Those hundreds of millions a year are money down the drain. The ABC’s real funding should be 0 cents a day. But the principal argument against the ABC is not what it costs, not its incompetence – its clunking news scripts written by people who don’t know how to write spoken English (just listen), its leaden dramas, its vulgar unfunny ‘comedy’, etc. – but the fact that it is there at all. It is undemocratic. In a democratic society the ABC should not exist.

Social activists seeking examples of ‘privilege’ need look no further than the ABC, which gives a small elite with no particular entitlement other than having found its way as by mitosis into the ABC the right to express its views at public expense without the responsibility of justifying them. These people do not have to answer to government or anyone else, only – in theory though when was the last time? – to a vaguely worded charter. They do not have to answer to advertisers. They can say what they like and the funds will still come rolling in.

No conservative should support the existence of a government broadcaster. Government broadcasters and newspapers are for one-party states like China, where governments want to control what people think. Free societies do not need a state instrumentality dealing in ideas.

The free circulation of ideas is indispensable to a democratic civilisation but the ABC too often limits itself to those that are congenial to the Green Left. Others, such as that there might be something to be said for President Trump or, during its anti-Pell crusade, that the cardinal was possibly innocent, it suppresses. Its views are those of a self-perpetuating oligarchy disdainful of, when not actually hostile to, the beliefs and assumptions of most of the people who pay its salaries. Wrapped in its cocoon of self-righteousness, the ABC is so impervious to what its core constituency – the Australian public – thinks, as to have been unable even to imagine that voters would favour the Liberals in the last election. But ABC bias is not the point. If it transmitted right-wing ideas all day or – pigs might fly – was neutral, it ought not to exist as a privileged island of irresponsibility in an ocean of media answerable in various ways to the public.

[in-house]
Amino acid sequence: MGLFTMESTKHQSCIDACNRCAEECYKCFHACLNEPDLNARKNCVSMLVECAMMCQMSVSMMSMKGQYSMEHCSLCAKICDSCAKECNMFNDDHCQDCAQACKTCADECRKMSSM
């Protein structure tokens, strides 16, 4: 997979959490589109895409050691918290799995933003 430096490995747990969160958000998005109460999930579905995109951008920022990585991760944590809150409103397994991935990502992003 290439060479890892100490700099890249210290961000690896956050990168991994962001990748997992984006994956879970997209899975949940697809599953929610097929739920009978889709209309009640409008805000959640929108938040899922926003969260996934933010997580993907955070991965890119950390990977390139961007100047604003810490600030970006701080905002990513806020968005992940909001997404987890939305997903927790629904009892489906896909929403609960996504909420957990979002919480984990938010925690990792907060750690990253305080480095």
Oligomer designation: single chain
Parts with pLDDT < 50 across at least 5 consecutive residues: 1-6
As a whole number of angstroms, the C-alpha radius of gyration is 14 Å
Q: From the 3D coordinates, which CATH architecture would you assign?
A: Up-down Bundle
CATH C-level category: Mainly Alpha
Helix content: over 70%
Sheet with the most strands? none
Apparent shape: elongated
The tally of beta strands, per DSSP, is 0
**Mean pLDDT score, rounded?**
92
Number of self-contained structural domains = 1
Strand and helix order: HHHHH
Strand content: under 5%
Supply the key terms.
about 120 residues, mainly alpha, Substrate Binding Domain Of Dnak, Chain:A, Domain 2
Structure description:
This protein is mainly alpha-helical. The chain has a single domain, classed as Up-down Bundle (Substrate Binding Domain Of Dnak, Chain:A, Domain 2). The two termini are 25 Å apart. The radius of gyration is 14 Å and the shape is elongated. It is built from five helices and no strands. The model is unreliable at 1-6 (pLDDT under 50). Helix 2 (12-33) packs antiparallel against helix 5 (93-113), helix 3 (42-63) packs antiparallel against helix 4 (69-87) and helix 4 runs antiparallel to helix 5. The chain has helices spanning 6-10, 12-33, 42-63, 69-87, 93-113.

It is now clear that no Australian government, not even a supposedly conservative one, has the slightest intention of doing anything about the ABC. Politicians are too fond of appearing on it – they and ABC interviewers exist in an unhealthy symbiosis, each feeling themselves important by association with the other – when conservative politicians should refuse to go on any ABC programme, as Jeff Kennett once did in Victoria. They won’t though.

Ordinary citizens who think the ABC an unnecessary drain on public funds should deny it our eyes and our ears. The consequent evaporation of much of its audience would demonstrate the irrelevance of the ABC and show that far from being essential, it is peripheral to the dissemination of news or entertainment. We might then see how long the ‘national broadcaster’ can still claim to be national. With that fig leaf fallen, perhaps the political will could be found to dismantle, sell or otherwise dispose of this costly relic of a bygone era when serious broadcasting was thought too important not to be in the hands of the state.